April 3, 2011 - Elmira, Ontario
Most of our road trips have a solid plan in place before we leave home. As this particular trip took place during playoff time, with its uncertain schedule, there had to be more flexibility built in. It turned out that the Elmira Sugar Kings game, which I had no idea was even taking place on the first day of the trip, ended up on the schedule, bumping an afternoon AHL tilt for the Toronto Marlies. As I sat in my hotel room in Guelph the night before this game it was mentioned that the Cherrey Cup finals were taking place in nearby Elmira, so I decided to check out my first Junior B action and was not dissappointed. The Sugar Kings play in the GOJHL, which is made up of 3 conferences which were once their own leagues. The Cherrey Cup was the crowning of the Midwestern Junior League champions for many years, but is now a step along the road to the GOJHL finals. I had no idea what to expect, or even where the arena was, but easily found the impressive new Woolwich Memorial Centre once in Elmira, which is a very small town whose streets were filled with Amish buggies on this early Sunday afternoon. The town was actually still cleaning up from its large maple syrup festival, which was held the day before, and explains the team's Sugar Kings nickname. The arena sports a rather small parking lot in front, and looks huge from the outside. A small carved stone sign sits near the road and has a digital message board announcing upcoming events at the complex. The structure itself has a modern industrial look, as its gray cement and gray metal exterior are highlighted with stained glass accents along the front of the building. The Memorial Centre itself actually houses a number of community athletic facilities, including the pool and 2 arenas as well as meeting rooms and a fitness center. It was built in 2009, so it looks spotless and new inside and out.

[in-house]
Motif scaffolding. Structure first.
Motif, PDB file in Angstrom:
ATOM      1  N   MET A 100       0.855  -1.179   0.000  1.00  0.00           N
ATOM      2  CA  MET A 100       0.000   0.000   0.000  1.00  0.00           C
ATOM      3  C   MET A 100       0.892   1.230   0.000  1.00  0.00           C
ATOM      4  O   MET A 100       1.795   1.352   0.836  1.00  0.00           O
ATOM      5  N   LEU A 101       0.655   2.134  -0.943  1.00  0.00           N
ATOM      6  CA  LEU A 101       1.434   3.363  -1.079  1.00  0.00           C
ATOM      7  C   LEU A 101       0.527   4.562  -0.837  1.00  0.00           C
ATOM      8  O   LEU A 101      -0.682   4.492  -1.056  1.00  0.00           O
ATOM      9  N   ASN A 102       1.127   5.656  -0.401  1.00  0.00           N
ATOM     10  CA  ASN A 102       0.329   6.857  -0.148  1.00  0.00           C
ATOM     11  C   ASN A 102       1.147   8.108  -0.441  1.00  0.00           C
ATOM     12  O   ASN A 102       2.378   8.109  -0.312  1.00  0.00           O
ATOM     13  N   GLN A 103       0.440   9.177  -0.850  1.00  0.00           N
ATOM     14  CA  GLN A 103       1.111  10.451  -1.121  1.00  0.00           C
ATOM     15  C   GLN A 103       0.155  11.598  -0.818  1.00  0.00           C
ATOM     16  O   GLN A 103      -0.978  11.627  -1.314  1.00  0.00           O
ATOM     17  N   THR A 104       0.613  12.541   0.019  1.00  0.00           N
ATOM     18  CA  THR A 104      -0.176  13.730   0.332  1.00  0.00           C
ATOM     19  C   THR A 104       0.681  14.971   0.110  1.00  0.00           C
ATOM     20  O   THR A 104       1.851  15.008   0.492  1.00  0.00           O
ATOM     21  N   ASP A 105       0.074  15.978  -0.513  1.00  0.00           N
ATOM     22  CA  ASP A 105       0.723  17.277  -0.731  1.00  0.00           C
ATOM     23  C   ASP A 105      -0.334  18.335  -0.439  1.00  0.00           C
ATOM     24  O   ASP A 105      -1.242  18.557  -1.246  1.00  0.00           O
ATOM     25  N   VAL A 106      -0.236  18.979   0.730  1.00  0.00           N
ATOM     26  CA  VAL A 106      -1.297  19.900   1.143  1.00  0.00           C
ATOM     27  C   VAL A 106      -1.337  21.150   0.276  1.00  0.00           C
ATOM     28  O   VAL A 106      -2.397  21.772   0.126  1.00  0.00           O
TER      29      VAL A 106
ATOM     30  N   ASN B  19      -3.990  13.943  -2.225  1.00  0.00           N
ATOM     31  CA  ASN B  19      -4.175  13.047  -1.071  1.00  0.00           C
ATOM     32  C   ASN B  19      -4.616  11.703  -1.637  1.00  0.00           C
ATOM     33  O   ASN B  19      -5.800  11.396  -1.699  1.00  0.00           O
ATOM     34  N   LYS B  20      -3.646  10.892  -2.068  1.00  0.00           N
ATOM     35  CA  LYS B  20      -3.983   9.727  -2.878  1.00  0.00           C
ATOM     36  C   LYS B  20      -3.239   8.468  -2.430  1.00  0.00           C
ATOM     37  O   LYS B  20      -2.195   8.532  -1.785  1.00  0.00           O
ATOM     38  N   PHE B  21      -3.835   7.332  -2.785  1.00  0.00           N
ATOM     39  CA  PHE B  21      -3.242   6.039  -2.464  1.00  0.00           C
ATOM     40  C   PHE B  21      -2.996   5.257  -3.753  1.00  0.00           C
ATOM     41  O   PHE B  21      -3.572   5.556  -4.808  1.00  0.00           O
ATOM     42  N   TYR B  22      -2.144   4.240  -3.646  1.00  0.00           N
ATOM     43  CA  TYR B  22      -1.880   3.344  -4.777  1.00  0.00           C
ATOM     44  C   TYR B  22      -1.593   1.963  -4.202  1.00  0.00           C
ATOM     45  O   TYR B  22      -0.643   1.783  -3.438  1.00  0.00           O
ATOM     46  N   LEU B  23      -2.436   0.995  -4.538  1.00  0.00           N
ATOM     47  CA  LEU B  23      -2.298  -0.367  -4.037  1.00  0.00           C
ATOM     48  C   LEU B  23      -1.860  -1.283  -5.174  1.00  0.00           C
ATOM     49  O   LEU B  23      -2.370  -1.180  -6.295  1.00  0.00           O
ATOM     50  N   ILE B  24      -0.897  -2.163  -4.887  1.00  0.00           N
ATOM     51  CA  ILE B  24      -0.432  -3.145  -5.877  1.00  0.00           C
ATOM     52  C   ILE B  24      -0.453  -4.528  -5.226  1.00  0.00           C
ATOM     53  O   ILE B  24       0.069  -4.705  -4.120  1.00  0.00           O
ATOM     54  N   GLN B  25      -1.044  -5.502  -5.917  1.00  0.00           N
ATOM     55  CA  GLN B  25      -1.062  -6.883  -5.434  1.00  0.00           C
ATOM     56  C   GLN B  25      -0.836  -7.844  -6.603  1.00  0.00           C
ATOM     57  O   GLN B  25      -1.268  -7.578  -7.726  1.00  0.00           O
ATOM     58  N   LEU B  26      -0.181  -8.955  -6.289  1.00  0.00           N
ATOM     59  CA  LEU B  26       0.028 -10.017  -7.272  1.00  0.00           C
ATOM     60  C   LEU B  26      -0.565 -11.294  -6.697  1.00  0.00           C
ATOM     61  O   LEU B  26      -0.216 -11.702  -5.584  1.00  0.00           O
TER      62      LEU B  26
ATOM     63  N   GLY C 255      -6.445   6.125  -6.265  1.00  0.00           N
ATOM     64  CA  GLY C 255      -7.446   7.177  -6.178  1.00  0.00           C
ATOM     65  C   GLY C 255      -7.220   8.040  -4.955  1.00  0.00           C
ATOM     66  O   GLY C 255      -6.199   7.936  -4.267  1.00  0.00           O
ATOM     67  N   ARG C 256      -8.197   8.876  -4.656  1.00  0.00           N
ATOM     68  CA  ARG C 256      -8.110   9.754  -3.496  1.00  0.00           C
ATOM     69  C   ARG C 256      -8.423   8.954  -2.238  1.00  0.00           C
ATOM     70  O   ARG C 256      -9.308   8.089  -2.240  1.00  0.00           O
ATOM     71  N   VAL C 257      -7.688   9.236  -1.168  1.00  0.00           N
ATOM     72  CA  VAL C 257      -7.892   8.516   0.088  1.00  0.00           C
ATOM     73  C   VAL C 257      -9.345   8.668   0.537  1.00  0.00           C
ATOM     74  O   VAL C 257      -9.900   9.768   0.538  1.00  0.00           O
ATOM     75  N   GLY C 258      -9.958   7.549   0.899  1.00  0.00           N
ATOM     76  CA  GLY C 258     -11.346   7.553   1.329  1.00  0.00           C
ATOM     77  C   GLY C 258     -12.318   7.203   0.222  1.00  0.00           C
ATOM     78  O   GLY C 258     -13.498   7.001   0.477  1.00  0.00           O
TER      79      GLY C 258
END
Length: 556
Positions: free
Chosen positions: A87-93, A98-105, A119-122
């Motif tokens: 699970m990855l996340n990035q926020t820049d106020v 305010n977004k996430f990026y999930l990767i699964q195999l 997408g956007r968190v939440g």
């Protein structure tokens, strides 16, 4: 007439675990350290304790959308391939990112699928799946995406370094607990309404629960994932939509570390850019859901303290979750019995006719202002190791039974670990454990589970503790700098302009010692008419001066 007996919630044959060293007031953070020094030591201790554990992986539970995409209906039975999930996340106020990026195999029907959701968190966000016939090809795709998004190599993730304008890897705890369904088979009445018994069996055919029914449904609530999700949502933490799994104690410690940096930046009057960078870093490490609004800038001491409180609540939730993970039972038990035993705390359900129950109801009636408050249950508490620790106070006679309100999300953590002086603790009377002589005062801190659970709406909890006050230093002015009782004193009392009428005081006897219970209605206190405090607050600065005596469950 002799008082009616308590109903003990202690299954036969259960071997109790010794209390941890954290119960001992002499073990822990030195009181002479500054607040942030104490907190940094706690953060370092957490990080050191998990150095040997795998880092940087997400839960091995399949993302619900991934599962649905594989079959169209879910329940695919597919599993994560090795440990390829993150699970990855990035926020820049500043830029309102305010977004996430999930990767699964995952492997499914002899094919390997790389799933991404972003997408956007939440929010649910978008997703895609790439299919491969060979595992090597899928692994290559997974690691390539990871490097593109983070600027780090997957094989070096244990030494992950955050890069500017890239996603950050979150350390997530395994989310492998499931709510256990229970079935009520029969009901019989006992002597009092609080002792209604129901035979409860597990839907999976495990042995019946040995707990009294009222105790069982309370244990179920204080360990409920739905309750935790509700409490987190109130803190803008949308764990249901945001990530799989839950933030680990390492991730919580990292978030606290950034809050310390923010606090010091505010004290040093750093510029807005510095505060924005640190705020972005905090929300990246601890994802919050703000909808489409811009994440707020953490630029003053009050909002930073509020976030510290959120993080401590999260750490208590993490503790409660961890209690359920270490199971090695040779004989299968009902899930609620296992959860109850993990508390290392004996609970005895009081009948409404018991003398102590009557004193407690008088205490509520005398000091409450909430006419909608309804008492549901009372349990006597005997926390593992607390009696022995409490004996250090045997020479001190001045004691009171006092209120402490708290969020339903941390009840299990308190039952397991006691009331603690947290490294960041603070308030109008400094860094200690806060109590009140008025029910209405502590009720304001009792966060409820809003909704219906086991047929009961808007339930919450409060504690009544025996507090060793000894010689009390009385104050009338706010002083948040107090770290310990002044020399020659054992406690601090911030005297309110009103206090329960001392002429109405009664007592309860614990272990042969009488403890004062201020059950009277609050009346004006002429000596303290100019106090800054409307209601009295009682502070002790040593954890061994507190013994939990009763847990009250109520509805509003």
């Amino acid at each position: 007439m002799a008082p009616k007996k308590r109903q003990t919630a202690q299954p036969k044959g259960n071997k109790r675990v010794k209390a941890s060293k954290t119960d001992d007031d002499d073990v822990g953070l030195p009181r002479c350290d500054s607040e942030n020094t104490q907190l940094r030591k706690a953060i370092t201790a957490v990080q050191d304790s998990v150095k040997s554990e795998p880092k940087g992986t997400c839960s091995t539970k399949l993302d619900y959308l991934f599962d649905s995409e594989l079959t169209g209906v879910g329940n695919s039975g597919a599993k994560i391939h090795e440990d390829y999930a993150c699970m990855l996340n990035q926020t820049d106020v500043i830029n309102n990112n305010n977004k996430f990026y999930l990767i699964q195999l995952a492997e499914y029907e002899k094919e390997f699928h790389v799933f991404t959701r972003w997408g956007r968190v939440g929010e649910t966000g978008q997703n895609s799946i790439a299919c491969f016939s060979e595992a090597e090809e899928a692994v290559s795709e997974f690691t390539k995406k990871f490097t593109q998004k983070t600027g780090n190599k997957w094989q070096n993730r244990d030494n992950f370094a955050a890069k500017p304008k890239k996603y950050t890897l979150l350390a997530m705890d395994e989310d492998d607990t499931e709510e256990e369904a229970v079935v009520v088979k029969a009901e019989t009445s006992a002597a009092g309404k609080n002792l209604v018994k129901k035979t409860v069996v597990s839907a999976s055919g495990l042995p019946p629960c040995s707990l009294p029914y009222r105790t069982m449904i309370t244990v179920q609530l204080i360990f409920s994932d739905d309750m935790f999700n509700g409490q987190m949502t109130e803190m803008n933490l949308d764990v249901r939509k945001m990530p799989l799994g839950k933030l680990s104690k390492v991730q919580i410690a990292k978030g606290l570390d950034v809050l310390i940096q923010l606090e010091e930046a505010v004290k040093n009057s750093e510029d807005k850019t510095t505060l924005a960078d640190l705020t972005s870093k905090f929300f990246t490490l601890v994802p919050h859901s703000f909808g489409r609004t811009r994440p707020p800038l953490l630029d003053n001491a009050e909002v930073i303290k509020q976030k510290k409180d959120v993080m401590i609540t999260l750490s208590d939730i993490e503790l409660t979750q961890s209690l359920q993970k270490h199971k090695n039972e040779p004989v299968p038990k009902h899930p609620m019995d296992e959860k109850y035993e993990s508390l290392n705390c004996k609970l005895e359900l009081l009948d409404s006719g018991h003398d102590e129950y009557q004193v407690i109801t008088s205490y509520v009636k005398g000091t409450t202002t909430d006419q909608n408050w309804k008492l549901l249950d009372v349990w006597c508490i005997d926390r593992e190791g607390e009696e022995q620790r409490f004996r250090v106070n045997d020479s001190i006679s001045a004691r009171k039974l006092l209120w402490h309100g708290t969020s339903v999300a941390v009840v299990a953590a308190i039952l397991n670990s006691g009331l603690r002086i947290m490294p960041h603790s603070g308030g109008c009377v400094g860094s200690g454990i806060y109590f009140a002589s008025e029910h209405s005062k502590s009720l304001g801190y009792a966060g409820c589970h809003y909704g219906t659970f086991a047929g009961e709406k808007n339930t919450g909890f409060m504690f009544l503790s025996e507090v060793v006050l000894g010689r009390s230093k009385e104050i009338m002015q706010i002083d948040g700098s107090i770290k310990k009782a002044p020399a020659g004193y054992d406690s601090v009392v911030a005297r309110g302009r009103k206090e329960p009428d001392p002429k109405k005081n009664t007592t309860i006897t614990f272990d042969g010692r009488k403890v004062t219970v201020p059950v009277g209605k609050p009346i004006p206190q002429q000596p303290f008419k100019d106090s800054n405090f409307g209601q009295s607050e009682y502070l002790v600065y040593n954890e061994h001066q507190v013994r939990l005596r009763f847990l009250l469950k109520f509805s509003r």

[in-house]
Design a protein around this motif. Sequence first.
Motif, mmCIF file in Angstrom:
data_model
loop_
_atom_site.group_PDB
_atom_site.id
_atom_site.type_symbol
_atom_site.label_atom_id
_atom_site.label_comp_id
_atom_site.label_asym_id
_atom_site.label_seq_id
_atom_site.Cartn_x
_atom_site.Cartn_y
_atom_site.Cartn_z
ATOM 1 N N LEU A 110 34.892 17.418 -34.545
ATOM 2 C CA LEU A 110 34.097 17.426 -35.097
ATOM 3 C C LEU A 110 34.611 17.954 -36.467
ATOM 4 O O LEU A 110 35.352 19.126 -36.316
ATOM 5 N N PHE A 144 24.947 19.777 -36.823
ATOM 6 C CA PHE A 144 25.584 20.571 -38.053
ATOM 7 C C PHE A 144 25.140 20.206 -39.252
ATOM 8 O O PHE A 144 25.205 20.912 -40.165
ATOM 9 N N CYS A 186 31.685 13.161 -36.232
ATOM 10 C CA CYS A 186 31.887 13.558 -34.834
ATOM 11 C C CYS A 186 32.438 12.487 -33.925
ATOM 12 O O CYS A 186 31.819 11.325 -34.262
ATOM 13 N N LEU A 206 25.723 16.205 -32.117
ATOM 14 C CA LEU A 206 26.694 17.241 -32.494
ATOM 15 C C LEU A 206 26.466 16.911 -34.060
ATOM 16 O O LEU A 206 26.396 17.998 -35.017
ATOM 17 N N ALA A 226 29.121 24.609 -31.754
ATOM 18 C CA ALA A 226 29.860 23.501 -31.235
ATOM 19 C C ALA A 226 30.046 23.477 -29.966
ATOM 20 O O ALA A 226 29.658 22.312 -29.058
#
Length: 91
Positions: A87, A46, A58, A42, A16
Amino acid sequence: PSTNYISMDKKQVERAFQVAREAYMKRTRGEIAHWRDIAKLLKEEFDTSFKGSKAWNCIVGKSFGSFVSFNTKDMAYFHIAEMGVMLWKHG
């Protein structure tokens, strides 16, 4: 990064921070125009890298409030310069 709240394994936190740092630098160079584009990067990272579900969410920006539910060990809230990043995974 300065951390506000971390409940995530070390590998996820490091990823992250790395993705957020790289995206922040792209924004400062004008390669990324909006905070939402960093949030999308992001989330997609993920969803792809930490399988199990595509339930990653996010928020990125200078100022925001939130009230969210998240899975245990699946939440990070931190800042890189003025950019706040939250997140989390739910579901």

The entrance to the building opens up to a corridor between the arena where the Sugar Kings play, known as Dan Snyder Arena, and the other half of the building, which houses the gym and pool. Tickets are for sale at the counter, and were a reasonable $10. There is also a food concession stand in this lower hallway, and benches which look into the arena from the end, although there is a sliding curtain which is lowered to block the view of the arena from the hallway and lobby once the game and warmups are about to start. To enter the arena itself you go up a modern looking open stairway to the upper level, where there is a landing with a merchandise table, and then the entry to the arena, which dumps out on the corner of the upper concourse. I was impressed with the souvenirs for sale and the game program was very informative. The Sugar Kings have a long history of success, and saw NHLers such as Daryl Sittler and Cam Stewart suit up in an Elmira sweater. The end of the concourse is lined with a full glass wall overlooking the lobby and main hallway below, and the rest of the concourse runs along the top of the seating area and doubles as a jogging track. The orange, white and blue stained glass windows, which are evident from the outside of the front of the building, run along the entire wall above the seats on the penalty box side of the arena. The seats are all modern plastic seats, and are a gray color, adding to the industrial look of the arena. There is a large wall behind the benches, so there are only a few rows in that area of center ice, and the seats on both sides extend further into the corner on the end which is farthest from the lobby. There is a second concession stand on the middle of the concourse behind the benches, and the ends are devoid of seating, but if you don't mind looking through the netting the concourse on the ends offer are great standing view as you are almost hanging above the ice. This is an impressive new building indeed, and is listed as having a capacity of 1500, although it looks bigger.